Medical students from UNC seeking residency and fellowship training got matched with medical programs across the United States in late March.
This day, known as “Match Day,” was celebrated by medical students at UNC and students across the nation.
Dr. Beat Steiner, senior associate dean for clinical curriculum and medical student education at the UNC School of Medicine, said the matching process involves both the medical program and the student ranking their preferences. Though medical schools have internal ranking systems, the match process aims to puts students' preferences first.
“If a student ranks a program first, that takes precedent over the program,” Steiner said. “The match process is to the student’s advantage.”
Tiffany Dyer and Megan Gurjar are two UNC medical school students who were matched with their respective programs on “Match Day.” Both said they were satisfied with the programs they matched with.
“For me, it was a thing that finally meant I could do what I wanted to do,” Gurjar, who was matched to the urology field at the Medical College of Wisconsin, said.
Dyer was matched with Rush University in Chicago, Illinois, where she will be working in the physical medicine and rehabilitation field.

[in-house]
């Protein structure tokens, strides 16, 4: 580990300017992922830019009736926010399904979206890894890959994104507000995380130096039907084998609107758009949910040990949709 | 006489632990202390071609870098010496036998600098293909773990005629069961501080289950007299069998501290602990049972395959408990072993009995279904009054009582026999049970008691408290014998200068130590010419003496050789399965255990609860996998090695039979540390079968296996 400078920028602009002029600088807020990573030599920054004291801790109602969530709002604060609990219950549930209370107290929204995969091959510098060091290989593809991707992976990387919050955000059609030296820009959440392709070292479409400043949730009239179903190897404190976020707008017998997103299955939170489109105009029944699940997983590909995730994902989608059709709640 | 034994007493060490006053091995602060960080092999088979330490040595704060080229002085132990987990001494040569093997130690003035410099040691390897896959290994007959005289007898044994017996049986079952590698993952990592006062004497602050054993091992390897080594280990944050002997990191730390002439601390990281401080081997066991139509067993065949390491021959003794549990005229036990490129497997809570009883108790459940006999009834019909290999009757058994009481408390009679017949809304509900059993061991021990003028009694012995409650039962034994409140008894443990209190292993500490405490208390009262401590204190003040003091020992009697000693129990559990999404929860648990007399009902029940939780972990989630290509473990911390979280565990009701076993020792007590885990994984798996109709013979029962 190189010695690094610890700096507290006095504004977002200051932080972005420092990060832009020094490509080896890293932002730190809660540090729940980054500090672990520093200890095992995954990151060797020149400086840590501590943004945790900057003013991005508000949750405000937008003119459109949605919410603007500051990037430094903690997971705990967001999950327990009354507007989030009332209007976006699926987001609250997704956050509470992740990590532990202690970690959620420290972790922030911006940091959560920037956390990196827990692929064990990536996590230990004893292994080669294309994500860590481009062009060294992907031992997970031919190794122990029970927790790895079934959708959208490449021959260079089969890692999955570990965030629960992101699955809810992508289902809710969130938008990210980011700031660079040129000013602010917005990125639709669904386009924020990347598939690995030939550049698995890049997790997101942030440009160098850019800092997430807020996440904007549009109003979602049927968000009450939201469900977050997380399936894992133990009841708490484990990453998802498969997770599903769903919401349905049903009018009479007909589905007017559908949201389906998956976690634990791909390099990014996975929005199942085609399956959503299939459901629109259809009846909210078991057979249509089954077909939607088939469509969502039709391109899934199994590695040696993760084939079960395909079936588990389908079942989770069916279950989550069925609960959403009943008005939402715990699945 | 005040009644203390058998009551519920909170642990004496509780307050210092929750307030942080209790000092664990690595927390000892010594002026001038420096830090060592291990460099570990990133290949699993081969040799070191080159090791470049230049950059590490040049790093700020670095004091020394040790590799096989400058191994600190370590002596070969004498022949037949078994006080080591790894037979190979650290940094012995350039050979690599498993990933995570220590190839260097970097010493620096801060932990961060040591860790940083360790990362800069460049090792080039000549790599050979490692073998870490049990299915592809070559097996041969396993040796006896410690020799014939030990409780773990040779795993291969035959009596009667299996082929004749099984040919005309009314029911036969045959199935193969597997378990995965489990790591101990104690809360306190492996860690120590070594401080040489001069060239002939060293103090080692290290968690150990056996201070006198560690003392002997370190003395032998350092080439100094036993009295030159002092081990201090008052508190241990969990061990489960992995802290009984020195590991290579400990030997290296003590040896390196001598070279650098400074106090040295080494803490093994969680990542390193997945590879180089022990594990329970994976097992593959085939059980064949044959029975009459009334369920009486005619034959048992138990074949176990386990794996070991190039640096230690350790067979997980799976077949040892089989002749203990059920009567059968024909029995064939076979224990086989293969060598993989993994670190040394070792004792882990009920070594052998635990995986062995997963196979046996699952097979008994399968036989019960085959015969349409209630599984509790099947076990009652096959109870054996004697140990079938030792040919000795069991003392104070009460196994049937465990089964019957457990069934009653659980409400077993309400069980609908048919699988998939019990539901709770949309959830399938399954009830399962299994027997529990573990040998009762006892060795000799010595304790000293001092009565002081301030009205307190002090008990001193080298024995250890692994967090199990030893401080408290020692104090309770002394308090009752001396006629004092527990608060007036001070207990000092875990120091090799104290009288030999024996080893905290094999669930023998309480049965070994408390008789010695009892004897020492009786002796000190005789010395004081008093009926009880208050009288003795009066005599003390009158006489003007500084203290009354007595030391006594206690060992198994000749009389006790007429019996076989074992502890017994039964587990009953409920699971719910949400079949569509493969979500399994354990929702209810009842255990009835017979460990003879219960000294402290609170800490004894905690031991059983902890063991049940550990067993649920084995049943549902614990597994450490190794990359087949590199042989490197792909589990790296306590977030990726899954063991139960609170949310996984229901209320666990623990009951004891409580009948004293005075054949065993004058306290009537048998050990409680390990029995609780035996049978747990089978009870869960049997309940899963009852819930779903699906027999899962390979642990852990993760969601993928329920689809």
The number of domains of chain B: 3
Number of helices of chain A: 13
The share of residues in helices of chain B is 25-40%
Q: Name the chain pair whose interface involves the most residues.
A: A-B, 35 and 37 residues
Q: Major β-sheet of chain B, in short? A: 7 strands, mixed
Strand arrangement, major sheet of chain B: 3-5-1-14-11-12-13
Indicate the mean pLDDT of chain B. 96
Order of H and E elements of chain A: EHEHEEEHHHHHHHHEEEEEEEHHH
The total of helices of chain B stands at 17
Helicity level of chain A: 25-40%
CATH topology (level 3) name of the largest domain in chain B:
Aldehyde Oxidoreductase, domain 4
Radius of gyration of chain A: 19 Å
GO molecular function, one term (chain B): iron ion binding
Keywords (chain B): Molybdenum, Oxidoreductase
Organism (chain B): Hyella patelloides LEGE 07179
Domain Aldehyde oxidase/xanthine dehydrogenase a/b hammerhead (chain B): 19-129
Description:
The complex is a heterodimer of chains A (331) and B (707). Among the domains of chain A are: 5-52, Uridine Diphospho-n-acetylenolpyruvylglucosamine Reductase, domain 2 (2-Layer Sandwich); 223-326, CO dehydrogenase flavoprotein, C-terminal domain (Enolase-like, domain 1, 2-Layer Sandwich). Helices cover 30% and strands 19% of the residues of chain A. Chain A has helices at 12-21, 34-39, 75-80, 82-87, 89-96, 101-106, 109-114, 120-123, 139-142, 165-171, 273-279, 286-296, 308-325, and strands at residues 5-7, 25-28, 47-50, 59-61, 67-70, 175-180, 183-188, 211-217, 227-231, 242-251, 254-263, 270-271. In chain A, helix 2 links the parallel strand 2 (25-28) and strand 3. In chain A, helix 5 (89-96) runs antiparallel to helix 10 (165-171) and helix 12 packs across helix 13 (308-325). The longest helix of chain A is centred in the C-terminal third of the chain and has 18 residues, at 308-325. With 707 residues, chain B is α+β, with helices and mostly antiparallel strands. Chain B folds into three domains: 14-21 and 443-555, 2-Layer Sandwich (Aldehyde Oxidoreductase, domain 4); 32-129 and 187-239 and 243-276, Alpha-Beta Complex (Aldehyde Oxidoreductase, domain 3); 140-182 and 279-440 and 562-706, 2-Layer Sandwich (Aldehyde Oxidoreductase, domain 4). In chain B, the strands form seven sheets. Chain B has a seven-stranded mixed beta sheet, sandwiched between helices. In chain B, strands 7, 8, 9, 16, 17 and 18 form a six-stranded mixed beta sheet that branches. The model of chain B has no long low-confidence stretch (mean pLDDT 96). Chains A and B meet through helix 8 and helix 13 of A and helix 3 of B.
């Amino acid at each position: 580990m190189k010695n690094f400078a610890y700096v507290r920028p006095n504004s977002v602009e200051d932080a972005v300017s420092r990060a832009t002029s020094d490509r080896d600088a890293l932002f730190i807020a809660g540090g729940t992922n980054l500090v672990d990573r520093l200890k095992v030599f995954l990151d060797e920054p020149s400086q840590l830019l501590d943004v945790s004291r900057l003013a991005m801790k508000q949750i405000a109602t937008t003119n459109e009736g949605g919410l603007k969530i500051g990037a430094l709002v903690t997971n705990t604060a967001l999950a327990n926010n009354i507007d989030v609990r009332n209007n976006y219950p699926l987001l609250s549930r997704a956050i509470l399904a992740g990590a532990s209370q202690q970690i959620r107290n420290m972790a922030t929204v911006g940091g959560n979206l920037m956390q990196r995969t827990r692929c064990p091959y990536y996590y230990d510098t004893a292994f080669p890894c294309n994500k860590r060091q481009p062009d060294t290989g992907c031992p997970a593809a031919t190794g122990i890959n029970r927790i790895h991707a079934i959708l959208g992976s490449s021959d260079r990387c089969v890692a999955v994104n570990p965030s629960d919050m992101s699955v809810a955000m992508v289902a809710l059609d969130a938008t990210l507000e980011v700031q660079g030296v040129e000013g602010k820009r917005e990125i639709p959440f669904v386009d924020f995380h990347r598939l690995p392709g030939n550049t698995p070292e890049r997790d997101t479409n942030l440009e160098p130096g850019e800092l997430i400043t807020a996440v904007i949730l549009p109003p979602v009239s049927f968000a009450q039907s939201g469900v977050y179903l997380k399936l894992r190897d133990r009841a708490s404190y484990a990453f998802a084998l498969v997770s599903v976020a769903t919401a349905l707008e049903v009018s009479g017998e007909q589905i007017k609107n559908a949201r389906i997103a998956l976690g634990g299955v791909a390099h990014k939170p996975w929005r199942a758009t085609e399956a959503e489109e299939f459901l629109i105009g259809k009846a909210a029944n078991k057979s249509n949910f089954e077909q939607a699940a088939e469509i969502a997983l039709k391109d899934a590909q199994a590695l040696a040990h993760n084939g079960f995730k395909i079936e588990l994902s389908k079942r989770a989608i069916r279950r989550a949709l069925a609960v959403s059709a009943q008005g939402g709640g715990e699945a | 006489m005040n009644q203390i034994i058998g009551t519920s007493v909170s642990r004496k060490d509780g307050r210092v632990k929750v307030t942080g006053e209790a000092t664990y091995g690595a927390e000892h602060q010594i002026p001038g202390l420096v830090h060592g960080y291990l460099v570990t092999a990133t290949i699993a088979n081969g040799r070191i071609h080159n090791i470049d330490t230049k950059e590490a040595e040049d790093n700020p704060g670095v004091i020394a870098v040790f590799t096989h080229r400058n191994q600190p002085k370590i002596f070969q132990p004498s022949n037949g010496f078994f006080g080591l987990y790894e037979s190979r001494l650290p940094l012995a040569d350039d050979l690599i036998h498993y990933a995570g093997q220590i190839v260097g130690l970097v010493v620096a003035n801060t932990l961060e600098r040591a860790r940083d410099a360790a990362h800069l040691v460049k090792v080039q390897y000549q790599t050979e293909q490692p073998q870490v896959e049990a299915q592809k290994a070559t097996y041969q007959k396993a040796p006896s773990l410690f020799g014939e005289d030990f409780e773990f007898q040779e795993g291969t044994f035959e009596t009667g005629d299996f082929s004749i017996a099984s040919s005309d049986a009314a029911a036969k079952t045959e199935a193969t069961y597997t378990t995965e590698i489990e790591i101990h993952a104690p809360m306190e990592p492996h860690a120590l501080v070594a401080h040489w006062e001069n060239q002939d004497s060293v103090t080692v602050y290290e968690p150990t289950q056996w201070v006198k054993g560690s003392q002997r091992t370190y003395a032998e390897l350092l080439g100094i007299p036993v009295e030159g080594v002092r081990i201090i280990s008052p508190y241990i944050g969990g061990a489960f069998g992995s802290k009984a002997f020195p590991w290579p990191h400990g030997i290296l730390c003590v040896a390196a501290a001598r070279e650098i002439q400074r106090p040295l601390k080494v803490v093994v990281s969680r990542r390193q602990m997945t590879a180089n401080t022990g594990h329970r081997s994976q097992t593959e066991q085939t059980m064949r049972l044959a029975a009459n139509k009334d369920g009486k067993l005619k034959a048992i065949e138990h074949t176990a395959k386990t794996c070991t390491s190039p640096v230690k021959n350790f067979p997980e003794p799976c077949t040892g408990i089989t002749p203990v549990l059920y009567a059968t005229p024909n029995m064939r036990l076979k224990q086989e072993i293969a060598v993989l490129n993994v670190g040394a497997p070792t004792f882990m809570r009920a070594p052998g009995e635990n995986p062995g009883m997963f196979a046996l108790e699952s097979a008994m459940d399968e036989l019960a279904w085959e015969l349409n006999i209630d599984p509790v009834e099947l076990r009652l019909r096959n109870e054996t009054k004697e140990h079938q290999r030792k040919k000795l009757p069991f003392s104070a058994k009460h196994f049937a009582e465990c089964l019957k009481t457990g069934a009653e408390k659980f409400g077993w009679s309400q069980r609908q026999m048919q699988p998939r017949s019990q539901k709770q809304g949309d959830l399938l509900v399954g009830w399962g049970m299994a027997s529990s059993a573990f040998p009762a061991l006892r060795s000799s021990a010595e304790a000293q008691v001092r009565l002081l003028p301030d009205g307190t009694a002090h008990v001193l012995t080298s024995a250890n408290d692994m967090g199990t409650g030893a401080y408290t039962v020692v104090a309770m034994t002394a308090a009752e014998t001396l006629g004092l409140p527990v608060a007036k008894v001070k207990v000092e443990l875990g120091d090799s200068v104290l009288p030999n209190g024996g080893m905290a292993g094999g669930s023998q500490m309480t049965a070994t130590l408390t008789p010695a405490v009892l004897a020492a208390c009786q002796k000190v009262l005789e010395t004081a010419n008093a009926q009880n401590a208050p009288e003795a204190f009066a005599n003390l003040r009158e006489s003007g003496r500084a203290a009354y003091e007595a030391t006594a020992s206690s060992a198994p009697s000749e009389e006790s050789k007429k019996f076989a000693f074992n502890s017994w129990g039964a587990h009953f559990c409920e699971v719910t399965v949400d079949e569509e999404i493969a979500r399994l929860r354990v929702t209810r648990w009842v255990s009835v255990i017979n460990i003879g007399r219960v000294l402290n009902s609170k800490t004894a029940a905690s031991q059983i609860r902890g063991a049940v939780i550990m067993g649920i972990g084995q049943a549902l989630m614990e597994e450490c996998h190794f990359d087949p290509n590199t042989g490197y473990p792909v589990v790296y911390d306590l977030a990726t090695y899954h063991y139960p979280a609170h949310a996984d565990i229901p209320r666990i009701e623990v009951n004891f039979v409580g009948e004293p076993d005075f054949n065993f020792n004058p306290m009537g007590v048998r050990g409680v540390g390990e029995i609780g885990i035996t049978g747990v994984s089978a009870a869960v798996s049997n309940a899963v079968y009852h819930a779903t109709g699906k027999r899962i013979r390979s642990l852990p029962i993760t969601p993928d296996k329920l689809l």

Dyer said that building community was essential when it came to her match. She said it is important to build relationships with her patients rather than simply allowing them to be patients she helps in the hospital.
“I got into medicine through community outreach,” Dyer said. “I need my career to be a lot more than just seeing patients in the hospital.”
When it comes to her career goals, Dyer said she is open to a variety of options.
“I have a feeling I’ll go through residency and end up staying general so I get to dabble a little bit in all of the fields,” Dyer said.
Gurjar said she is also focused on building community, but in a slightly different way. She said urologic care is needed in rural communities because, for the most part, urology is centered around larger cities. She said she wants to help people in the smaller areas have access to urologic care.
“My main career goals would be to provide care to folks who might not have access to regular urologic care,” Gurjar said. “I would love to come back to somewhere suburban or rural that doesn’t have as much access to urologists.”
Steiner said though the match process is a stressful event for involved students, it helps students grow in their connections to communities.
“Coming to a school like UNC that has a mission of service maximizes your chance of matching your passions to the needs of the community,” Steiner said. “Follow your passion and pay attention to what the needs of the community are.”
To get the day's news and headlines in your inbox each morning, sign up for our email newsletters.